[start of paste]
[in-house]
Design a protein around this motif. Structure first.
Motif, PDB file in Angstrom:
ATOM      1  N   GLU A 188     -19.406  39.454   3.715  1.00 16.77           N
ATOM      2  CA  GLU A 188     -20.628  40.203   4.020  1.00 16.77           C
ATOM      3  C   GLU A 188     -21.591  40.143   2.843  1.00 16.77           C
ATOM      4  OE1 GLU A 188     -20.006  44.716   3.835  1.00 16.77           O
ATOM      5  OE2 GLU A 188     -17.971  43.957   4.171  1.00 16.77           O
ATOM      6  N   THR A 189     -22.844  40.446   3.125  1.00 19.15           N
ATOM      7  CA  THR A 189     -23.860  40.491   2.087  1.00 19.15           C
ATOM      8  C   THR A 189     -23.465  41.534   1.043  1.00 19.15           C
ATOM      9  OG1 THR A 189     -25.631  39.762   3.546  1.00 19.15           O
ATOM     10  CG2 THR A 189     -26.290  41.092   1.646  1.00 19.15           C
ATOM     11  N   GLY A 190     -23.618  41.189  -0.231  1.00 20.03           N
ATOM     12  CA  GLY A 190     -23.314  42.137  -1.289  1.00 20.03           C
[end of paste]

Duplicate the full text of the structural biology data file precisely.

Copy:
[in-house]
Design a protein around this motif. Structure first.
Motif, PDB file in Angstrom:
ATOM      1  N   GLU A 188     -19.406  39.454   3.715  1.00 16.77           N
ATOM      2  CA  GLU A 188     -20.628  40.203   4.020  1.00 16.77           C
ATOM      3  C   GLU A 188     -21.591  40.143   2.843  1.00 16.77           C
ATOM      4  OE1 GLU A 188     -20.006  44.716   3.835  1.00 16.77           O
ATOM      5  OE2 GLU A 188     -17.971  43.957   4.171  1.00 16.77           O
ATOM      6  N   THR A 189     -22.844  40.446   3.125  1.00 19.15           N
ATOM      7  CA  THR A 189     -23.860  40.491   2.087  1.00 19.15           C
ATOM      8  C   THR A 189     -23.465  41.534   1.043  1.00 19.15           C
ATOM      9  OG1 THR A 189     -25.631  39.762   3.546  1.00 19.15           O
ATOM     10  CG2 THR A 189     -26.290  41.092   1.646  1.00 19.15           C
ATOM     11  N   GLY A 190     -23.618  41.189  -0.231  1.00 20.03           N
ATOM     12  CA  GLY A 190     -23.314  42.137  -1.289  1.00 20.03           C